Checking for Lead

Before starting any works that might disturb or affect any paintwork, you should investigate whether you may have a lead paint issue.

Up until the mid 1960’s lead based paints were in common usage. White lead was added as a pigment to paints used in undercoat and top coat for use internally and externally on wood and metal. Red lead was widely used as an anti-corrosive primer coating for many types of steel work: including fences, railings, gates and structural elements.

The removal of old paint layers can generate large amounts of dust. The lead content of some old paints can be over 25%.  Very old varnishes and glazed tiles may also contain high levels of lead.

In the UK lead was mostly removed from paint production by the 1980s, however there remains a large legacy of leaded paint in older buildings.   Some older listed heritage buildings can still use leaded paint under licence.

Before starting any works that might disturb or affect any paintwork, you should investigate whether you may have a lead paint issue.  It is not possible to detect whether paint contains lead by visual inspection alone.  If the building is old you should be suspicious, even if the paintwork looks fresh, as lead is most likely to be in the lower levels

When checking for lead in paint, you have three options;

  1. taking a paint chip sample for laboratory analysis, which gives an accurate percentage of lead of the whole sample (ppm)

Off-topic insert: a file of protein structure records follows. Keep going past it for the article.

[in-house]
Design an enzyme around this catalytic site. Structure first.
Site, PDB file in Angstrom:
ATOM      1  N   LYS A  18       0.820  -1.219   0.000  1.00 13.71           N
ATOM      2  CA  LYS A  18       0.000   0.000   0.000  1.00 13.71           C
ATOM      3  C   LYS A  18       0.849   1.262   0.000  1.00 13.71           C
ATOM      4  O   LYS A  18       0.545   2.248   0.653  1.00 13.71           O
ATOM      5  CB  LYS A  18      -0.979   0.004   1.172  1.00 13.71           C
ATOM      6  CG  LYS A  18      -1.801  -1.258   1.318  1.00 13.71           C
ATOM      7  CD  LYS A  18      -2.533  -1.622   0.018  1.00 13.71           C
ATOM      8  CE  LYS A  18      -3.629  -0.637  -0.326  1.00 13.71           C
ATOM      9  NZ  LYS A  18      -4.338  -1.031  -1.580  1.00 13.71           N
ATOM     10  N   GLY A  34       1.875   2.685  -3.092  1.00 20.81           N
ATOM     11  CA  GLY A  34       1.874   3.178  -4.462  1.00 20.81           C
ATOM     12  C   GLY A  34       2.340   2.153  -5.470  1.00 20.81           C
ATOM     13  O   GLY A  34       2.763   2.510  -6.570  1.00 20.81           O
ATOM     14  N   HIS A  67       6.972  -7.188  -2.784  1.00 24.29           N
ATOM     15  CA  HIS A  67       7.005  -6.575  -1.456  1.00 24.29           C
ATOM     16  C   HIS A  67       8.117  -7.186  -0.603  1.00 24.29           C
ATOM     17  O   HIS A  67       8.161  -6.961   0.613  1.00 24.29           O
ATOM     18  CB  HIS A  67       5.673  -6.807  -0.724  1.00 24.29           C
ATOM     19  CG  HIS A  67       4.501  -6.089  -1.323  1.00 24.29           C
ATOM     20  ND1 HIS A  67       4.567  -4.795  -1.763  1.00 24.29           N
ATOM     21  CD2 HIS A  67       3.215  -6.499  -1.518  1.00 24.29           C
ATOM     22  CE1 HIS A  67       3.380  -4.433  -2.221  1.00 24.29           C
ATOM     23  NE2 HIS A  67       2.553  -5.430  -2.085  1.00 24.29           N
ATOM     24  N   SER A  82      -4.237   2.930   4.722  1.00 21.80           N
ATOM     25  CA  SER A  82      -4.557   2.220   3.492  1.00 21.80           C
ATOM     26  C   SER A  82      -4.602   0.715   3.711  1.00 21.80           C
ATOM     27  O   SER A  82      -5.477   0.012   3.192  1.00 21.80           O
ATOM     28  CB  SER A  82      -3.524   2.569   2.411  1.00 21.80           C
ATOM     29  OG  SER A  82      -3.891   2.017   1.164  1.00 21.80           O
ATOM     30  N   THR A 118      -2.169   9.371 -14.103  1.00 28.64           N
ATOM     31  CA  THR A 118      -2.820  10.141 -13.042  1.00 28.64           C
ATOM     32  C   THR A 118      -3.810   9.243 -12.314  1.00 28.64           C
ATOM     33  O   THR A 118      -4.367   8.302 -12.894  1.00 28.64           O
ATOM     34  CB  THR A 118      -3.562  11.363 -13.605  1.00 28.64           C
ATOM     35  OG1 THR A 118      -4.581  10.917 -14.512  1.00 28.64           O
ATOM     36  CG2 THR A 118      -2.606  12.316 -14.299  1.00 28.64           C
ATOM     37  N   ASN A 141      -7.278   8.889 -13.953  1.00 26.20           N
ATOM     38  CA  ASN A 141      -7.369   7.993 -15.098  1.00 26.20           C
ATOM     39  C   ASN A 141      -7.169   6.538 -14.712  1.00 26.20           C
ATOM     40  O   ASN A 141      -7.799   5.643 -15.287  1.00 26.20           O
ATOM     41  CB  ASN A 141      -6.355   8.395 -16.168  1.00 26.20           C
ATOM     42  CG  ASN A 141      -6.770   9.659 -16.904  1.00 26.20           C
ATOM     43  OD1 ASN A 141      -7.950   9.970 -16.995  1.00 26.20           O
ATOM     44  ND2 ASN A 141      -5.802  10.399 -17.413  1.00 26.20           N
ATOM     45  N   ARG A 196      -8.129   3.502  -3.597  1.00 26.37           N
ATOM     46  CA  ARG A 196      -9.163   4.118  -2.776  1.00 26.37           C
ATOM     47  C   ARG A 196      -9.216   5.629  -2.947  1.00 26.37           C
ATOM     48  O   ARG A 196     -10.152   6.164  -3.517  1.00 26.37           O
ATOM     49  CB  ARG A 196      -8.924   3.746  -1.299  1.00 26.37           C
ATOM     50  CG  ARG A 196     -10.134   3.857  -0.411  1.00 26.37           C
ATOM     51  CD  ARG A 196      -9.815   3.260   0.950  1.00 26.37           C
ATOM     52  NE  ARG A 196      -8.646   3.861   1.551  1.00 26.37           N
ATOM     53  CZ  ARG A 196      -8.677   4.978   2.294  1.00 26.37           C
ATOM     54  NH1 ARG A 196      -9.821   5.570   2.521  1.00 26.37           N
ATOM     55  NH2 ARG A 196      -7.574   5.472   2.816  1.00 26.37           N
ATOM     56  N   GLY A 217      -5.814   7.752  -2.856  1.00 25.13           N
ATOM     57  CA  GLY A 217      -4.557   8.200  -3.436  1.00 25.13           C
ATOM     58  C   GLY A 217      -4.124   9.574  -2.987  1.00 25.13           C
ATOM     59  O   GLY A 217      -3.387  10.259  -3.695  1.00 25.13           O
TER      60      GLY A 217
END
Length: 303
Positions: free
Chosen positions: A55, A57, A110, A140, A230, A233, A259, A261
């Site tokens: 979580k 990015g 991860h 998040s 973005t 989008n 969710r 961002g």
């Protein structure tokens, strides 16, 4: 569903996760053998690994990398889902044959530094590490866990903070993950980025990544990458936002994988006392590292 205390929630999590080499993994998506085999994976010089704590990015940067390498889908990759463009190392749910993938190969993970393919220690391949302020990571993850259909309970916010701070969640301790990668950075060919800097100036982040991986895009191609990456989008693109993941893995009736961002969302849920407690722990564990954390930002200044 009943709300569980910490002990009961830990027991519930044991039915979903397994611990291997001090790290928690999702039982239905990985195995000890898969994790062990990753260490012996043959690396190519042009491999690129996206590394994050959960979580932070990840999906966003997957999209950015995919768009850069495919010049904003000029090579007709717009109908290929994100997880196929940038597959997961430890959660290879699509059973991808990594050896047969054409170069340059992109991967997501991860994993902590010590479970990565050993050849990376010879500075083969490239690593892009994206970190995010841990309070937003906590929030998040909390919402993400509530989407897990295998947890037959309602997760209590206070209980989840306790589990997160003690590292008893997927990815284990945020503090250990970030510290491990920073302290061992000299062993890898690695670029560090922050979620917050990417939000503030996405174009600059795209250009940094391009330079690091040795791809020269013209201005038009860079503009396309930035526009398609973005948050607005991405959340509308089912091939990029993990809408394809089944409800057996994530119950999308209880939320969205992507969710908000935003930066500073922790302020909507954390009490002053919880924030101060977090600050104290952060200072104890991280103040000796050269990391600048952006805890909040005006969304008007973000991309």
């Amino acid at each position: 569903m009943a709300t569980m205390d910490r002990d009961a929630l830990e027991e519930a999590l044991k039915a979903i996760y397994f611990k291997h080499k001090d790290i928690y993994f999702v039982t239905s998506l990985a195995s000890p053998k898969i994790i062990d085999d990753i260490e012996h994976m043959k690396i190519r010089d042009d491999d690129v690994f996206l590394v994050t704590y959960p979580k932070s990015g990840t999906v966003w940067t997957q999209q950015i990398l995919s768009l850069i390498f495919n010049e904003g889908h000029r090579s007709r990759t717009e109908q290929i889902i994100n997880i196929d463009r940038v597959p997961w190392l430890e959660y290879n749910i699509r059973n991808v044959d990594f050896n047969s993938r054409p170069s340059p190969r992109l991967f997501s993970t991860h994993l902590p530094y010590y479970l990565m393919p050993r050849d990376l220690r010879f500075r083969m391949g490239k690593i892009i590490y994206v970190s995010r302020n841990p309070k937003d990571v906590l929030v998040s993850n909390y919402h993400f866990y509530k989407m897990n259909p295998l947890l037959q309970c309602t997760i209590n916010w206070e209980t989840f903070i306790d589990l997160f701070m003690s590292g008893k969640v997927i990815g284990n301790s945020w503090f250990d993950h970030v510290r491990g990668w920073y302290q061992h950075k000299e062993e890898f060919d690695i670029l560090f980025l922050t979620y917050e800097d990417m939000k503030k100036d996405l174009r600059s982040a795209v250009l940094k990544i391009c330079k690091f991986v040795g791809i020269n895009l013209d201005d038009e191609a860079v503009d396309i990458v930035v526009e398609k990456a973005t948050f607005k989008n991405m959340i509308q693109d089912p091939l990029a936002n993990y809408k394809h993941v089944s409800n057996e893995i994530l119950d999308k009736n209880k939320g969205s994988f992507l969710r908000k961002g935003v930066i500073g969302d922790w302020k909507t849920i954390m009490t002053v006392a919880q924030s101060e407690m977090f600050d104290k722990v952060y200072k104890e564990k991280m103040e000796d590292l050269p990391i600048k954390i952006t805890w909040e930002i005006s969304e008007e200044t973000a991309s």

2. using a chemical marker, such as a 3M “LeadCheck” swab, which confirms the presence of lead in an area by turning red when lead is discovered
  3. using an X-Ray Florescence (XRF) instrument, which provides a measurement of lead present within a defined area (mg/cm2) in a few seconds

Taking a paint chip sample requires you to cut out a section of paint down to the substrate, which generally damages the paint work.  There is a delay as the sample has to be sent to a laboratory for analysis, which usually returns the results in ppm or, if it is very high then as a simple percentage.

The chemical markers use a cocktail of chemicals that will change colour in the presence of lead e.g. shades of red.  A score mark is cut in the paint down to the substrate and the chemical applied.  Results are instant however they do not give a quantitative measurement of the amount of lead present, they can only really confirm the presence of lead.  Other methods must be used to determine how much.

The third option of using an X-Ray Florescence (XRF) instrument is non-destructive and gives quantitive results in less than a minute.  This means that multiple readings can be taken in a short period of time to help build up a more complete picture of the amount of lead present on various components within an area. The XRF instrument emits X-rays which ultimately cause the target area to fluoresce back, which is analysed to quantify the amount of lead present.

An XRF instrument is an expensive and specialist piece of equipment requiring fully trained operators to be certified as Radiation Protection Supervisors.  Surveys utilising XRF technology offer by far the best solution for comprehensive results.

Beware lead can also turn up in places that you may not suspect – such as glazed tiles, older varnishes and even in UPVC frames.  All these can be tested non-destructively with XRF.

Looking to find out about lead health risks?

Lead is highly toxic and widespread in our environment. There is no safe level of lead!